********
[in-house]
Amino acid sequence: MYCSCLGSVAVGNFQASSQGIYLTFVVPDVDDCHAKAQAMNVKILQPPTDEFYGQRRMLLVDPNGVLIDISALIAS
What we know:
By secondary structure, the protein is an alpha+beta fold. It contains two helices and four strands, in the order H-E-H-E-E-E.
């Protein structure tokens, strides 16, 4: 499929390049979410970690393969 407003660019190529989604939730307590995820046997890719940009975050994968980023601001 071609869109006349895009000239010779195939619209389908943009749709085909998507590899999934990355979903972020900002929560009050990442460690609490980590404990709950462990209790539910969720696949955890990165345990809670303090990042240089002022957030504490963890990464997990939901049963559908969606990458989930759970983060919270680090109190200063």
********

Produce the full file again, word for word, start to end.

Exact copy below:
[in-house]
Amino acid sequence: MYCSCLGSVAVGNFQASSQGIYLTFVVPDVDDCHAKAQAMNVKILQPPTDEFYGQRRMLLVDPNGVLIDISALIAS
What we know:
By secondary structure, the protein is an alpha+beta fold. It contains two helices and four strands, in the order H-E-H-E-E-E.
């Protein structure tokens, strides 16, 4: 499929390049979410970690393969 407003660019190529989604939730307590995820046997890719940009975050994968980023601001 071609869109006349895009000239010779195939619209389908943009749709085909998507590899999934990355979903972020900002929560009050990442460690609490980590404990709950462990209790539910969720696949955890990165345990809670303090990042240089002022957030504490963890990464997990939901049963559908969606990458989930759970983060919270680090109190200063």